How changing sustainable production could take us to Mars

Photographers take pictures of the unmanned SpaceX rocket as it launches from Cape Canaveral, Florida

Image: REUTERS/Scott Audette

Wayne Visser
Fellow , Cambridge University’s Institute for Sustainability Leadership
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SpaceX CEO Elon Musk speaks after unveiling the Dragon V2 spacecraft in Hawthorne, California May 29, 2014. Space Exploration Technologies announced April 27, 2016, it will send uncrewed Dragon spacecraft to Mars as early as 2018, a first step in company founder Elon Musk's goal to fly people to another planet. REUTERS/Mario Anzuoni/File Photo      TPX IMAGES OF THE DAY      - RTX2BYNX
SpaceX will send uncrewed Dragon spacecraft to Mars as early as 2018, a first step in company founder Elon Musk's goal to fly people to another planet Image: REUTERS/Mario Anzuoni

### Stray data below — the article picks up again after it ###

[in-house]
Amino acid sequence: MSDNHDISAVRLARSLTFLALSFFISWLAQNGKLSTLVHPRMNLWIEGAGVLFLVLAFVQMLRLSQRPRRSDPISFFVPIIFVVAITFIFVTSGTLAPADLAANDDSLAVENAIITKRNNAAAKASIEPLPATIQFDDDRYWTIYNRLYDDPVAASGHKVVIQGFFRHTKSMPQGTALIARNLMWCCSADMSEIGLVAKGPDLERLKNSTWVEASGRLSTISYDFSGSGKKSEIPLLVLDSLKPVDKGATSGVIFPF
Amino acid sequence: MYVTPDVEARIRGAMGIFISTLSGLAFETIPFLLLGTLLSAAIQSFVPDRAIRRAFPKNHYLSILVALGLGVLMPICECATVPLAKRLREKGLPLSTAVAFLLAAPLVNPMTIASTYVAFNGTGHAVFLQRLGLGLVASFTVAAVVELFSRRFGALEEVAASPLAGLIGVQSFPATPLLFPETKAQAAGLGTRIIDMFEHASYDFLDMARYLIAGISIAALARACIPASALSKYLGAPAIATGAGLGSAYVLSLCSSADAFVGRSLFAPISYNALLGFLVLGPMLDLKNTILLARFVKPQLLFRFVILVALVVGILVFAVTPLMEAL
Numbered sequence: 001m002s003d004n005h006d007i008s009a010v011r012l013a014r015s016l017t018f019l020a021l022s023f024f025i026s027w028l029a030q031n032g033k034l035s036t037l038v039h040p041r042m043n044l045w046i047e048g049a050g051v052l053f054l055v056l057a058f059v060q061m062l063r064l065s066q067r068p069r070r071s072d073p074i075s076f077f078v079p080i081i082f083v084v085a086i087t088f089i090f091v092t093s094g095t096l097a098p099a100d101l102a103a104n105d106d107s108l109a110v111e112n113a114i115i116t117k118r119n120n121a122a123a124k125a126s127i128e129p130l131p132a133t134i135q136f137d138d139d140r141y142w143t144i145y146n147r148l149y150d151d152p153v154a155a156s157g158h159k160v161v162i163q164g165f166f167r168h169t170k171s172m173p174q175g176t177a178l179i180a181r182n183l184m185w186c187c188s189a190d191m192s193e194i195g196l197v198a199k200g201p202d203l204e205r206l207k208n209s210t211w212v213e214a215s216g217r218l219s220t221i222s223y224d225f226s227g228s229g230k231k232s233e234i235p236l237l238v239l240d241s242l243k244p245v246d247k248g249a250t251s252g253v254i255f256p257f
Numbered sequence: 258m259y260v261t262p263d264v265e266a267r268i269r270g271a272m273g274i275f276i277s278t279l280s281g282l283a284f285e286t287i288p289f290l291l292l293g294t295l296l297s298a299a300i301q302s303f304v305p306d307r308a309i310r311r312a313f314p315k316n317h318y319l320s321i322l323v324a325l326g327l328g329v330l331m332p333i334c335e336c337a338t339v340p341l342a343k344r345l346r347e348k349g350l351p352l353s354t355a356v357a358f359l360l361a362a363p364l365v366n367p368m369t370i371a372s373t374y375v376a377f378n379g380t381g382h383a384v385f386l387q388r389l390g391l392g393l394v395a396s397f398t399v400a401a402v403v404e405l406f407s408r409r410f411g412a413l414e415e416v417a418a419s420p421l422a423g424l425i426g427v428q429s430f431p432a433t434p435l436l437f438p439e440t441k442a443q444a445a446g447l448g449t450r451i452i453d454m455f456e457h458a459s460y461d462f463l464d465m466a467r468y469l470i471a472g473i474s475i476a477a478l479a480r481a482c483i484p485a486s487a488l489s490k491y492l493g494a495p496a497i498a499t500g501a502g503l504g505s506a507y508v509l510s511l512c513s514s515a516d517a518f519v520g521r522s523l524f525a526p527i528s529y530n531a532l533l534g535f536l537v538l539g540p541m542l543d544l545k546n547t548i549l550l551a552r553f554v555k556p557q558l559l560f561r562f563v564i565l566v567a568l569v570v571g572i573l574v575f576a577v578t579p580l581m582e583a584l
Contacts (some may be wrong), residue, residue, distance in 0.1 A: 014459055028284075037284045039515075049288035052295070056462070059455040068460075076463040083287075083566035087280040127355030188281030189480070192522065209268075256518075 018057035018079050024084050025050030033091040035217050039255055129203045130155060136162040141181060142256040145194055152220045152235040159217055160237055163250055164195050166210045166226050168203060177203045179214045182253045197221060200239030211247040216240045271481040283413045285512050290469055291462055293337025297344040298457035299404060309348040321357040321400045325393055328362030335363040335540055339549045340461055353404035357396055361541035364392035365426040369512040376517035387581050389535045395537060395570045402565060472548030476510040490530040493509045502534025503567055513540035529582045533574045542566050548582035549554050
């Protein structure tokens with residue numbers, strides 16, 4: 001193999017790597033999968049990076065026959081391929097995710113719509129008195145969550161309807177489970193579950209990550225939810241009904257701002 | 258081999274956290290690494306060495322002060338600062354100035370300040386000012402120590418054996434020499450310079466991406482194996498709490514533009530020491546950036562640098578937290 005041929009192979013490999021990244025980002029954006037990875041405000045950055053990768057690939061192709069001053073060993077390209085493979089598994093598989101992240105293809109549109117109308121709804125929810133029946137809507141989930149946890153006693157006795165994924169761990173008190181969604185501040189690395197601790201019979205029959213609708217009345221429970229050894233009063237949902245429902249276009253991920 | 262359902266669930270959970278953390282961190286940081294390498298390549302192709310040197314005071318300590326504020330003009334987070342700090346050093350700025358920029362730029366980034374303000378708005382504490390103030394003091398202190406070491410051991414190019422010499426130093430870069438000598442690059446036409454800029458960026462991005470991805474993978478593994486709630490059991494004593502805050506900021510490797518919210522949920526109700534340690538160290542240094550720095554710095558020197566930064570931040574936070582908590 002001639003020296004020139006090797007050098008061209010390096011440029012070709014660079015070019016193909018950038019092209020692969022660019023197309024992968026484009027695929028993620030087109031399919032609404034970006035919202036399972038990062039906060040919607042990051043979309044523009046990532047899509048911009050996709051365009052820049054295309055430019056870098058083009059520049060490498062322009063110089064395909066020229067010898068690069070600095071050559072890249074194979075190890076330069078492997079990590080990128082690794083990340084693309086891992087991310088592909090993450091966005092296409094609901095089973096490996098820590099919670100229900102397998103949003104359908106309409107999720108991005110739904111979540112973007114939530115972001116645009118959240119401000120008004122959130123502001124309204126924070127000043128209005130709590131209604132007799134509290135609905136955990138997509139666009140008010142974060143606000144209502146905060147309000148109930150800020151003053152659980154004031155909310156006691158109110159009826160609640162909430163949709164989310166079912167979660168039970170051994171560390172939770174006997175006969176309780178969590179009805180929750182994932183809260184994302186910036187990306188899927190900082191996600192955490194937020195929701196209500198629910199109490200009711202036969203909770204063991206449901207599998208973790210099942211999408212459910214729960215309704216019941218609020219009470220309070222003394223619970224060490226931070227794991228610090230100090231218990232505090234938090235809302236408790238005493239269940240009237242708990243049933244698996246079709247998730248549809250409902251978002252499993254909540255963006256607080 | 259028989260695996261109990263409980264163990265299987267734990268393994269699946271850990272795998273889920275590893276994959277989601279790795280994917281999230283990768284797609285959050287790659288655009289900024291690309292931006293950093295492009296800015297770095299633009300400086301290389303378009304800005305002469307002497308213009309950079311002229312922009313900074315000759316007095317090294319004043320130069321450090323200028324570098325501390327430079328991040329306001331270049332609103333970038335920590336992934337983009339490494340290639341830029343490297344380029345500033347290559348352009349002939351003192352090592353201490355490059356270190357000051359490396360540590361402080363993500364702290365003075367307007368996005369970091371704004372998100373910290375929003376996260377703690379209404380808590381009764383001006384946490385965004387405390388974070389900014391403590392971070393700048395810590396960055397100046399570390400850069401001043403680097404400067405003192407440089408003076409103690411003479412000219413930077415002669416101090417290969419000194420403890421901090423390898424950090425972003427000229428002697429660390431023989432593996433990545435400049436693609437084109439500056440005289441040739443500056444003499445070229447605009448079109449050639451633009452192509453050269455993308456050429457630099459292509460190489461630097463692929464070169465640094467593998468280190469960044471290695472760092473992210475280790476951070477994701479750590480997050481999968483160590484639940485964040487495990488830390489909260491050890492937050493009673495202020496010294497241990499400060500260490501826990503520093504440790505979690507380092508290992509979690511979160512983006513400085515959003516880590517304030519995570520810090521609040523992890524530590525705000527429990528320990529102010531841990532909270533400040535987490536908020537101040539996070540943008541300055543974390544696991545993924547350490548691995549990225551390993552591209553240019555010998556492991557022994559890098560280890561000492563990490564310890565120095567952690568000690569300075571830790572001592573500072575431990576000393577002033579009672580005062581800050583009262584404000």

A car drives in front of DONG Energy's power station, which provides steam, ash and gypsum as waste products to other companies for their use in Kalundborg, Denmark, November 20, 2015. As pioneers of so-called industrial symbiosis, these companies swap waste and byproducts to cut costs and carbon dioxide (CO2) emissions profitably -- an approach that offers big business a financial incentive that could be crucial to nations striving to meet targets agreed at this month's global climate summit. Their success has attracted attention globally, with more than 30 corporate and municipal delegations from 20 countries visiting the town this year, including mayors from China's fast-growing Guandong province. To match story INDUSTRY-EMISSIONS/    REUTERS/Sabina Zawadzki - RTX1ZA4G
The industrial park in the Danish city of Kalundborg Image: REUTERS/Sabina Zawadzki
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